Home > Movies, Reviews > OK, government regulation isn’t ALL bad…

OK, government regulation isn’t ALL bad…

July 16, 2005

Last Friday evening I saw the movie; ENRON, The smartest guys in the room at the Historic Normal Theater, and I’m just getting around to writing about it now.

Why the delay?  Because I was trying to figure out what to say.

On the one hand, the movie was immensely entertaining.  The story (based on a book by Fortune magazine writer Bethany McLean) tells how an energy-futures trading company charmed financial institutions around the world, promoted a new business model and a new type of accounting, coerced financial analysts, manipulated energy markets at home and abroad, and finally collapsed in a huge steaming pile of fraud.  That the movie was fun could be seen in the ample audience participation – laughter, groans, and animated conversation afterward.

On the other hand, the story drills a number of painful holes in my libertarian/conservative teeth. 

I like to believe that government regulation of markets (in the form of subsidies, limits, and controls) are the reason that marketplaces don’t perform better than they do.  Why, if gub’mint would only git out of the way, the marketplace would find the best solution every time!

But that’s plainly not true.  One area where it does not work is in necessary services that can’t be assigned to individual consumers.  NOAA comes to mind, and the CDC, the Army Corps of Engineers, or for that matter even the whole national defense enterprise.  If we depended on the market to do these things, they wouldn’t get done – and they need to be done.

The other major area of market failure is where corporations become large enough to manipulate the markets out of sheer greed or the ego of their leaders.  That seems to be what happened with Enron.  The less regulation on that company, the worse it played out for consumers.  The wreckage caused by the wishful thinking of deregulation landed on literally millions of people’s lives.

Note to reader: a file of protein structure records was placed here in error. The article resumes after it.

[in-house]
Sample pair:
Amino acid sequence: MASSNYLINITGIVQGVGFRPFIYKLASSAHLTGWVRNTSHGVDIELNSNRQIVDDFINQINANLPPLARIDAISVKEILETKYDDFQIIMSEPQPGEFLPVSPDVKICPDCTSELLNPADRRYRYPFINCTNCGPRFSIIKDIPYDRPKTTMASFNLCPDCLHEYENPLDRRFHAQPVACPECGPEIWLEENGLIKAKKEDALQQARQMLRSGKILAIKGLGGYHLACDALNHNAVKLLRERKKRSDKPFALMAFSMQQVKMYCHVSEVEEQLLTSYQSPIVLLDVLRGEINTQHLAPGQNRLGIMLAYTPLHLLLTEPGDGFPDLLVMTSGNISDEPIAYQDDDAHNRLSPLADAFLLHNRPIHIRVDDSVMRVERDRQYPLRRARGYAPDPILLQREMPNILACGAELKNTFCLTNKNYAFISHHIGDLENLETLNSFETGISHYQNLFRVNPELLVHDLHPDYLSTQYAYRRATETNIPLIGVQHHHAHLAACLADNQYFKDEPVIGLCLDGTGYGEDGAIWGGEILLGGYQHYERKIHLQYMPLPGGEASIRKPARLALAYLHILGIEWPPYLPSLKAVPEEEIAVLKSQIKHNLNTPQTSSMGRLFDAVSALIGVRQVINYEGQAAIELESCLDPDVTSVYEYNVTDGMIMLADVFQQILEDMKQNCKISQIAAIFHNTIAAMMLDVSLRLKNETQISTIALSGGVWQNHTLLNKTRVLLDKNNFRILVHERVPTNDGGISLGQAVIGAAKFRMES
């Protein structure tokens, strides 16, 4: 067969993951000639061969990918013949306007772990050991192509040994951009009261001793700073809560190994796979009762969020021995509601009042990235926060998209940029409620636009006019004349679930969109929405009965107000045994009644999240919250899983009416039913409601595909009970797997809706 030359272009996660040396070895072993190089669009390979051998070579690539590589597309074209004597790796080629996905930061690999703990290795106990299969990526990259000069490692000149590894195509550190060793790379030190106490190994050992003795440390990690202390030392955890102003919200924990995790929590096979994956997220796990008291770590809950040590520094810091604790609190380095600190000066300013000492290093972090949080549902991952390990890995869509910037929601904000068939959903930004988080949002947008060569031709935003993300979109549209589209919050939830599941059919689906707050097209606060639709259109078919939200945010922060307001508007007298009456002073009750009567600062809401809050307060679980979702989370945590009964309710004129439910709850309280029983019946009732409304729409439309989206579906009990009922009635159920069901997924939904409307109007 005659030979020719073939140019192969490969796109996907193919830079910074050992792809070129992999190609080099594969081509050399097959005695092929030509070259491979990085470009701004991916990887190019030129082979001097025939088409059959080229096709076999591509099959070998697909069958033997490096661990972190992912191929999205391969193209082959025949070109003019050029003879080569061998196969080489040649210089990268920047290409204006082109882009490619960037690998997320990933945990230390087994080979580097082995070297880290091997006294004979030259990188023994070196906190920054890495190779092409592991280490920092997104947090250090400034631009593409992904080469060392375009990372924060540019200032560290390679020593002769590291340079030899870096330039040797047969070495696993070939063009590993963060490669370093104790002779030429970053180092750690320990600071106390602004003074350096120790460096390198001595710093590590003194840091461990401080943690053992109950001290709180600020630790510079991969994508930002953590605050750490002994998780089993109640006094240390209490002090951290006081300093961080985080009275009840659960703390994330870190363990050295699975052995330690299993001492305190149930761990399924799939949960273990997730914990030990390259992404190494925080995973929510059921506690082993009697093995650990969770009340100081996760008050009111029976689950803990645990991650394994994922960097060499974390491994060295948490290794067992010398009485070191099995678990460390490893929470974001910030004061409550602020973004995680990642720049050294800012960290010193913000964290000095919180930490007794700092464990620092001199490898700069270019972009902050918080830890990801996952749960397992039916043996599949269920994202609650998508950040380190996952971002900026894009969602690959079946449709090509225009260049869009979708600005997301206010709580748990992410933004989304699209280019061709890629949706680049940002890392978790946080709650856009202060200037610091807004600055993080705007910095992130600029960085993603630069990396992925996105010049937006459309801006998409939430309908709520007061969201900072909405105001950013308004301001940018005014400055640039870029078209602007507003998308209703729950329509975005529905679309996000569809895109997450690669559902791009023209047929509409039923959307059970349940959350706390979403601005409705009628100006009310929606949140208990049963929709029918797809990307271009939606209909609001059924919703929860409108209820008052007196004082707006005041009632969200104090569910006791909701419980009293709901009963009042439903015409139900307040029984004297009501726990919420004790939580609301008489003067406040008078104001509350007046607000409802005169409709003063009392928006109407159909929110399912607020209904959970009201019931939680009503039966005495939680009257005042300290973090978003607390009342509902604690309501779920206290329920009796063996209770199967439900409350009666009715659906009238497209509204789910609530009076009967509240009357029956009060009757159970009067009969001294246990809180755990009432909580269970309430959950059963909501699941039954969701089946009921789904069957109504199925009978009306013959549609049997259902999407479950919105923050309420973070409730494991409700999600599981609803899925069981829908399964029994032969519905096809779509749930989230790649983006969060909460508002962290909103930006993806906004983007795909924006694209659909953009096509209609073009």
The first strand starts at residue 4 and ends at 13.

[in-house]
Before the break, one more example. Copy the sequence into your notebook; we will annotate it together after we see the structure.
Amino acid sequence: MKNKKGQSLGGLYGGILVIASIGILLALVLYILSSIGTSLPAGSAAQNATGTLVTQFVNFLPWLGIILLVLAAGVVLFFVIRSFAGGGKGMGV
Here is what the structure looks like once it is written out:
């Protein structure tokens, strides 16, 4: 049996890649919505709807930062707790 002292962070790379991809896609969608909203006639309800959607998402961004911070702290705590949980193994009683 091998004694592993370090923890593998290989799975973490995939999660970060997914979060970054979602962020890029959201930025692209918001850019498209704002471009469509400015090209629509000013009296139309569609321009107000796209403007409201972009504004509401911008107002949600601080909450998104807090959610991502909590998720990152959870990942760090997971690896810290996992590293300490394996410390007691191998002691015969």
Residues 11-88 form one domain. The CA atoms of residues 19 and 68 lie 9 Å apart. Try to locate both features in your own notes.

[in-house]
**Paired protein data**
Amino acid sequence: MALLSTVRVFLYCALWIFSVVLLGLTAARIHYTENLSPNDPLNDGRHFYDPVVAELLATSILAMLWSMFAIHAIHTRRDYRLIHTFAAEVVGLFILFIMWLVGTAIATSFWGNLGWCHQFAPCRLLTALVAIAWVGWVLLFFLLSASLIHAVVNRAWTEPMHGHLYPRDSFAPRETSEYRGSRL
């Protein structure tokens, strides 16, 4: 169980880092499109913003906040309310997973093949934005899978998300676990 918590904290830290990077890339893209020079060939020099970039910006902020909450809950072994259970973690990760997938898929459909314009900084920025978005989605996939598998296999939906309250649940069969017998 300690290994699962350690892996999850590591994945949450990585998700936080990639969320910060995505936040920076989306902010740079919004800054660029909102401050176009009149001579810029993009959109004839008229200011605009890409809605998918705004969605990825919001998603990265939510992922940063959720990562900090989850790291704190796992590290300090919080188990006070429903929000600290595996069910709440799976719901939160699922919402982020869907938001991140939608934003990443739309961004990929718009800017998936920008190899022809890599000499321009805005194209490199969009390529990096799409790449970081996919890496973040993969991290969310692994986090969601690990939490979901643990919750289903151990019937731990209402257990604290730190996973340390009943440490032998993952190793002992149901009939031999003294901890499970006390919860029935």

Ego played a large role in Enron.  The lead guys were “colorful”, to say the least.  And they obviously thought very, very highly of themselves.

I was fascinated by how financial institutions could look at Enron’s business and accounting models and not back away and go wash their hands.  There really is something in human nature that wants to believe things will turn out great, I guess.  We want to believe the promises of the huckster.

This does not bode well as larger forces are at the disposal of corporations, and it isn’t that reassuring in the hands of governments either.  The unfortunate lesson is that sometimes, only government regulations can prevent disaster.  I find it a scary thought because there are so many examples of government incompetence.

The movie did play into one of my pet intersts, though.  History is full of examples where disaster loomed, a few people said “this will cause a disaster!” and were brushed aside with “Pshaw!  That’s crazy talk!  You just be quiet now!”  Some of my favorite examples are the Johnstown flood, the Gimli glider, the Kansas City Hilton walkway, and the Challenger shuttle.  I’d never thought of adding a financial collapse to the list, until now. 

ENRON: the smartest guys in the room is definitely recommended!

Categories: Movies, Reviews
  1. WeeDram
    July 17, 2005 at 19:36 | #1

    Interesting entry … appreciated.  Re your statement:

    “I find it a scary thought because there are so many examples of government incompetence.”

    It might be an interesting exercise for you to actually search for cases of the opposite.  I.e., instances where government policy and action actually does/did benefit the collective.  I think part of the problem is that the media gravitates to the sensational because it is an easy story.  And in an era when media control is increasingly concentrated in fewer and fewer parent corporations (hmmmm…) finding a newspaper, broadcast or even web/blog story about a success is, it seems pretty rare.